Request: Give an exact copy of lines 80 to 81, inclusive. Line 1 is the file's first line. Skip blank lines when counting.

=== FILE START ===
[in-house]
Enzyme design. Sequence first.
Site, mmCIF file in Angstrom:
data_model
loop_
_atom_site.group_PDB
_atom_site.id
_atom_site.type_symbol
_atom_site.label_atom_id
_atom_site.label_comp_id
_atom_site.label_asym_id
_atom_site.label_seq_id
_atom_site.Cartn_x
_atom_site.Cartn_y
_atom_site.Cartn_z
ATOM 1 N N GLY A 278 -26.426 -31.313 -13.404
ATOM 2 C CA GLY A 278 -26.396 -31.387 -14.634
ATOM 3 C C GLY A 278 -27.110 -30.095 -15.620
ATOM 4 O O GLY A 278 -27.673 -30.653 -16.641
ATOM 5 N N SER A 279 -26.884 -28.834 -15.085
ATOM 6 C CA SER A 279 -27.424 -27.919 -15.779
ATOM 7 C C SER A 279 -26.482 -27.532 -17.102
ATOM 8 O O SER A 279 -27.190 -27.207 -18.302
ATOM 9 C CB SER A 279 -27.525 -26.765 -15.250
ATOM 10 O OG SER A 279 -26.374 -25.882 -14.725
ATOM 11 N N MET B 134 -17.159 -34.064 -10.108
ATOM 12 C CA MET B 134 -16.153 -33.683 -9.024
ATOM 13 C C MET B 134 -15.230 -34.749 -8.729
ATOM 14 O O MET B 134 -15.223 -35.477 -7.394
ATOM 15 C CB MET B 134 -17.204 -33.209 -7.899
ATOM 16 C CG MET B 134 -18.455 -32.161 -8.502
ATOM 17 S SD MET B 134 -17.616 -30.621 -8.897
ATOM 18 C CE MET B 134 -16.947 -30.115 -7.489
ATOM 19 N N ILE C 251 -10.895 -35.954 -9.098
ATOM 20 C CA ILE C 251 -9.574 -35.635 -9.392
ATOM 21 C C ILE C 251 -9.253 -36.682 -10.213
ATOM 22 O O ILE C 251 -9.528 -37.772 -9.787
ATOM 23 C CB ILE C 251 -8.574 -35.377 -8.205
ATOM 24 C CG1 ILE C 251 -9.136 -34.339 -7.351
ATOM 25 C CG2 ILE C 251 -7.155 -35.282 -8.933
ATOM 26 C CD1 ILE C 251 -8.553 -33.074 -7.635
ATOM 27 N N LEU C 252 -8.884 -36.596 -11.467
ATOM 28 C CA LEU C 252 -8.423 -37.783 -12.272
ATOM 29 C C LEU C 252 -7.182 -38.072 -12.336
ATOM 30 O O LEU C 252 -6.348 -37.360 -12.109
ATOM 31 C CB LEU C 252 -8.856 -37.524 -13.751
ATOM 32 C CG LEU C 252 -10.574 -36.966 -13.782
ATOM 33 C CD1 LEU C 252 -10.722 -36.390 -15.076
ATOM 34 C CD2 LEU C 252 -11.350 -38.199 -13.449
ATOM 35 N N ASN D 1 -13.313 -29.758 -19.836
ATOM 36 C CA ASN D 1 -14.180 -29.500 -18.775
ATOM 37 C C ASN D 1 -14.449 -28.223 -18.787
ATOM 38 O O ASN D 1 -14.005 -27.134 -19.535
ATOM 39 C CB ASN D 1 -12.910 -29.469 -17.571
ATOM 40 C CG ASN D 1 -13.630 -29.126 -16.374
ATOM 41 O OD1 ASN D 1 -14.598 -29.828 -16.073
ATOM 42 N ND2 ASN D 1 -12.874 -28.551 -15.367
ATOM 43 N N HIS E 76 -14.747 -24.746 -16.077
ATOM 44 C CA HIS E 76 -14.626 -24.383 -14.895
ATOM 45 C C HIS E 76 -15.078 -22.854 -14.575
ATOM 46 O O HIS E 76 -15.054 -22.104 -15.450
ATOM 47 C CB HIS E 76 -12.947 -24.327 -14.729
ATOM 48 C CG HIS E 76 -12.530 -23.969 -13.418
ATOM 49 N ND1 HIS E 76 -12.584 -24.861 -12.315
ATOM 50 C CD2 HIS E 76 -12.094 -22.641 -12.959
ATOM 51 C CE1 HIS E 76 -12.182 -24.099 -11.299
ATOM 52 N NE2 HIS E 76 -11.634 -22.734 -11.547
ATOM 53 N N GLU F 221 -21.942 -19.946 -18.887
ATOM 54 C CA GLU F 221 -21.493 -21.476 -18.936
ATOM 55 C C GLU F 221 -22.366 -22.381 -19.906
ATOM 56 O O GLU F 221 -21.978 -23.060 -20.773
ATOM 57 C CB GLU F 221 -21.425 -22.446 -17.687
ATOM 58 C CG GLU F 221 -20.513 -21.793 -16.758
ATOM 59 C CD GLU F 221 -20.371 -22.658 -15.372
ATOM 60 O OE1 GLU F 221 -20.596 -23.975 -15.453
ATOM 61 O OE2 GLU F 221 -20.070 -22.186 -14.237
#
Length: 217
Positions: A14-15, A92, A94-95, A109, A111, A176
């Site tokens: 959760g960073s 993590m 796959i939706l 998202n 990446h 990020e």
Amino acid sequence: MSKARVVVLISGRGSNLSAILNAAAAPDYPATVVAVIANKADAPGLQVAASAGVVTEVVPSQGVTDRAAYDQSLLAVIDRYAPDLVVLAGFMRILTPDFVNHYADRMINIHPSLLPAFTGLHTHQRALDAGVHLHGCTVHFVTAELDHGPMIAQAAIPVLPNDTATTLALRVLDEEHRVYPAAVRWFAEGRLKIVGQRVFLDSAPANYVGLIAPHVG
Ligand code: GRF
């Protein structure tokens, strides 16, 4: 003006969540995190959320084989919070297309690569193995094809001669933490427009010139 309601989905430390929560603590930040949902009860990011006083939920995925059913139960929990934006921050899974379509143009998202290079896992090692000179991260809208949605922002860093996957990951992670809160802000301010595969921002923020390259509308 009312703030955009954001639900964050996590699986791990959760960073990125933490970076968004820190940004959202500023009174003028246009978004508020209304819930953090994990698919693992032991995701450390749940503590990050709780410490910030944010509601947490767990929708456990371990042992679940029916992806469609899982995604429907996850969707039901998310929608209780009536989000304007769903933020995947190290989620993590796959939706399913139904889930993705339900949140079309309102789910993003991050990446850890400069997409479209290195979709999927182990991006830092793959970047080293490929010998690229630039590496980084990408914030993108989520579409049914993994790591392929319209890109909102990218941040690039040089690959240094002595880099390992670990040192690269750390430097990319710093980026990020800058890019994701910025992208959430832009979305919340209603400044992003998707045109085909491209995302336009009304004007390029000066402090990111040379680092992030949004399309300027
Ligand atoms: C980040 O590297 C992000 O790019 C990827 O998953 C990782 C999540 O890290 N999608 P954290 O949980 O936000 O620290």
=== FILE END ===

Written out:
């Site tokens: 959760g960073s 993590m 796959i939706l 998202n 990446h 990020e």
Amino acid sequence: MSKARVVVLISGRGSNLSAILNAAAAPDYPATVVAVIANKADAPGLQVAASAGVVTEVVPSQGVTDRAAYDQSLLAVIDRYAPDLVVLAGFMRILTPDFVNHYADRMINIHPSLLPAFTGLHTHQRALDAGVHLHGCTVHFVTAELDHGPMIAQAAIPVLPNDTATTLALRVLDEEHRVYPAAVRWFAEGRLKIVGQRVFLDSAPANYVGLIAPHVG